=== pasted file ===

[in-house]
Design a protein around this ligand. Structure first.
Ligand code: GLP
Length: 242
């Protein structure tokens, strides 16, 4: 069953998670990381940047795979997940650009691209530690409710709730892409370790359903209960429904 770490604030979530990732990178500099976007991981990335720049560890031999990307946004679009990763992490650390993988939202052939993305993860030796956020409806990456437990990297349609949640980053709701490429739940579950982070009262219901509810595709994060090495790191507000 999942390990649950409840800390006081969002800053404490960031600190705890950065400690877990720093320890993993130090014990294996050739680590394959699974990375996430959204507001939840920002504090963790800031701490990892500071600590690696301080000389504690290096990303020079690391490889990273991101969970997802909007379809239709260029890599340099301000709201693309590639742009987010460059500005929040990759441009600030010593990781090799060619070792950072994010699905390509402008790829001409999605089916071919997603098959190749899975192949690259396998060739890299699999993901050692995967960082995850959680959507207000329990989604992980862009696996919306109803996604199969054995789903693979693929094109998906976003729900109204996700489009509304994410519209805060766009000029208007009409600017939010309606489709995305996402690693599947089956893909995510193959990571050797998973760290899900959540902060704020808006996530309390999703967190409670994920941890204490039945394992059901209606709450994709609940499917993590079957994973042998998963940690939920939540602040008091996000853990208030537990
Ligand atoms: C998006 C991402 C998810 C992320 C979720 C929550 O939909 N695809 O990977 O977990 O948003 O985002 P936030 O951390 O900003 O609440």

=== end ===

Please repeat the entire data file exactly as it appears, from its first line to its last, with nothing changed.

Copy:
[in-house]
Design a protein around this ligand. Structure first.
Ligand code: GLP
Length: 242
């Protein structure tokens, strides 16, 4: 069953998670990381940047795979997940650009691209530690409710709730892409370790359903209960429904 770490604030979530990732990178500099976007991981990335720049560890031999990307946004679009990763992490650390993988939202052939993305993860030796956020409806990456437990990297349609949640980053709701490429739940579950982070009262219901509810595709994060090495790191507000 999942390990649950409840800390006081969002800053404490960031600190705890950065400690877990720093320890993993130090014990294996050739680590394959699974990375996430959204507001939840920002504090963790800031701490990892500071600590690696301080000389504690290096990303020079690391490889990273991101969970997802909007379809239709260029890599340099301000709201693309590639742009987010460059500005929040990759441009600030010593990781090799060619070792950072994010699905390509402008790829001409999605089916071919997603098959190749899975192949690259396998060739890299699999993901050692995967960082995850959680959507207000329990989604992980862009696996919306109803996604199969054995789903693979693929094109998906976003729900109204996700489009509304994410519209805060766009000029208007009409600017939010309606489709995305996402690693599947089956893909995510193959990571050797998973760290899900959540902060704020808006996530309390999703967190409670994920941890204490039945394992059901209606709450994709609940499917993590079957994973042998998963940690939920939540602040008091996000853990208030537990
Ligand atoms: C998006 C991402 C998810 C992320 C979720 C929550 O939909 N695809 O990977 O977990 O948003 O985002 P936030 O951390 O900003 O609440």